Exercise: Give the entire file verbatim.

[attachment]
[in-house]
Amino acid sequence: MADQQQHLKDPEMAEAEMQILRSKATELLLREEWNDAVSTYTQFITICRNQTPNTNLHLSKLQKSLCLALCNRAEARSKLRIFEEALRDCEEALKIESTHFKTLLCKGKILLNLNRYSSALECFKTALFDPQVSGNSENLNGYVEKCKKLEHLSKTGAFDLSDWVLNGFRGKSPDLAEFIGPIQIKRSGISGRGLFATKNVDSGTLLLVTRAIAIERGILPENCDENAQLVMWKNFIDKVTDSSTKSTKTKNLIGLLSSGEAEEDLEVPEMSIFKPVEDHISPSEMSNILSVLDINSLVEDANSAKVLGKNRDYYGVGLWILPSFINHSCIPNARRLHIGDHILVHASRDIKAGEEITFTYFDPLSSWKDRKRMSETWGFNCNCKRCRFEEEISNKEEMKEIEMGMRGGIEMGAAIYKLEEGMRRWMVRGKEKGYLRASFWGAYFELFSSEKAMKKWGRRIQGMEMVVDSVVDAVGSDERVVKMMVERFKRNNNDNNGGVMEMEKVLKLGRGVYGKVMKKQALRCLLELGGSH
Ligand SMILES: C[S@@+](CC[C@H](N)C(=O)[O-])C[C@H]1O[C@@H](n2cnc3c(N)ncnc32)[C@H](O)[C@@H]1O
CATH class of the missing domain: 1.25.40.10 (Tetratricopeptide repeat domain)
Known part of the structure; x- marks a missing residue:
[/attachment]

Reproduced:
[in-house]
Amino acid sequence: MADQQQHLKDPEMAEAEMQILRSKATELLLREEWNDAVSTYTQFITICRNQTPNTNLHLSKLQKSLCLALCNRAEARSKLRIFEEALRDCEEALKIESTHFKTLLCKGKILLNLNRYSSALECFKTALFDPQVSGNSENLNGYVEKCKKLEHLSKTGAFDLSDWVLNGFRGKSPDLAEFIGPIQIKRSGISGRGLFATKNVDSGTLLLVTRAIAIERGILPENCDENAQLVMWKNFIDKVTDSSTKSTKTKNLIGLLSSGEAEEDLEVPEMSIFKPVEDHISPSEMSNILSVLDINSLVEDANSAKVLGKNRDYYGVGLWILPSFINHSCIPNARRLHIGDHILVHASRDIKAGEEITFTYFDPLSSWKDRKRMSETWGFNCNCKRCRFEEEISNKEEMKEIEMGMRGGIEMGAAIYKLEEGMRRWMVRGKEKGYLRASFWGAYFELFSSEKAMKKWGRRIQGMEMVVDSVVDAVGSDERVVKMMVERFKRNNNDNNGGVMEMEKVLKLGRGVYGKVMKKQALRCLLELGGSH
Ligand SMILES: C[S@@+](CC[C@H](N)C(=O)[O-])C[C@H]1O[C@@H](n2cnc3c(N)ncnc32)[C@H](O)[C@@H]1O
CATH class of the missing domain: 1.25.40.10 (Tetratricopeptide repeat domain)
Known part of the structure; x- marks a missing residue: